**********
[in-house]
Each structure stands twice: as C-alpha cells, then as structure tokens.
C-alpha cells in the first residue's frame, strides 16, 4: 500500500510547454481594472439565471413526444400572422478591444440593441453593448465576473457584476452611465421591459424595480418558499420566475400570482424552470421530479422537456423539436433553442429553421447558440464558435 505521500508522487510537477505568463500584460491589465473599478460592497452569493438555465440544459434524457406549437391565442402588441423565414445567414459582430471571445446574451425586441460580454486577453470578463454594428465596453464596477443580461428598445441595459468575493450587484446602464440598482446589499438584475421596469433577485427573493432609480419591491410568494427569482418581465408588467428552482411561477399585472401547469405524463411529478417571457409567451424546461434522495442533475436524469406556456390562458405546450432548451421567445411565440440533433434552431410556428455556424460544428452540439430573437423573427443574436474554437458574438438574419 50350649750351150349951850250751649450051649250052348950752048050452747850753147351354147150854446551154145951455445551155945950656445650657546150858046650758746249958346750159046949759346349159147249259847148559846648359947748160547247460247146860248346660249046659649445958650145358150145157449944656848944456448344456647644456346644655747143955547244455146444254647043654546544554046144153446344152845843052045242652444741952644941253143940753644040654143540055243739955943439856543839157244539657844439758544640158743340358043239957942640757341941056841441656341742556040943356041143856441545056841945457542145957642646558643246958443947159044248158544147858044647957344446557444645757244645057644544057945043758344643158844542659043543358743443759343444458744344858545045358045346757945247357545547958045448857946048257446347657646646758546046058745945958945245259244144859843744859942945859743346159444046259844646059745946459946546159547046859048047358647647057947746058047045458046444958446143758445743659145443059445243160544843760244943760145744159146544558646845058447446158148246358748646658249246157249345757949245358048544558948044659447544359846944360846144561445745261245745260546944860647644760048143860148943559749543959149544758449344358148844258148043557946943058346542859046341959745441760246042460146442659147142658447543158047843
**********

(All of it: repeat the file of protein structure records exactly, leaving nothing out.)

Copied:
[in-house]
Each structure stands twice: as C-alpha cells, then as structure tokens.
C-alpha cells in the first residue's frame, strides 16, 4: 500500500510547454481594472439565471413526444400572422478591444440593441453593448465576473457584476452611465421591459424595480418558499420566475400570482424552470421530479422537456423539436433553442429553421447558440464558435 505521500508522487510537477505568463500584460491589465473599478460592497452569493438555465440544459434524457406549437391565442402588441423565414445567414459582430471571445446574451425586441460580454486577453470578463454594428465596453464596477443580461428598445441595459468575493450587484446602464440598482446589499438584475421596469433577485427573493432609480419591491410568494427569482418581465408588467428552482411561477399585472401547469405524463411529478417571457409567451424546461434522495442533475436524469406556456390562458405546450432548451421567445411565440440533433434552431410556428455556424460544428452540439430573437423573427443574436474554437458574438438574419 50350649750351150349951850250751649450051649250052348950752048050452747850753147351354147150854446551154145951455445551155945950656445650657546150858046650758746249958346750159046949759346349159147249259847148559846648359947748160547247460247146860248346660249046659649445958650145358150145157449944656848944456448344456647644456346644655747143955547244455146444254647043654546544554046144153446344152845843052045242652444741952644941253143940753644040654143540055243739955943439856543839157244539657844439758544640158743340358043239957942640757341941056841441656341742556040943356041143856441545056841945457542145957642646558643246958443947159044248158544147858044647957344446557444645757244645057644544057945043758344643158844542659043543358743443759343444458744344858545045358045346757945247357545547958045448857946048257446347657646646758546046058745945958945245259244144859843744859942945859743346159444046259844646059745946459946546159547046859048047358647647057947746058047045458046444958446143758445743659145443059445243160544843760244943760145744159146544558646845058447446158148246358748646658249246157249345757949245358048544558948044659447544359846944360846144561445745261245745260546944860647644760048143860148943559749543959149544758449344358148844258148043557946943058346542859046341959745441760246042460146442659147142658447543158047843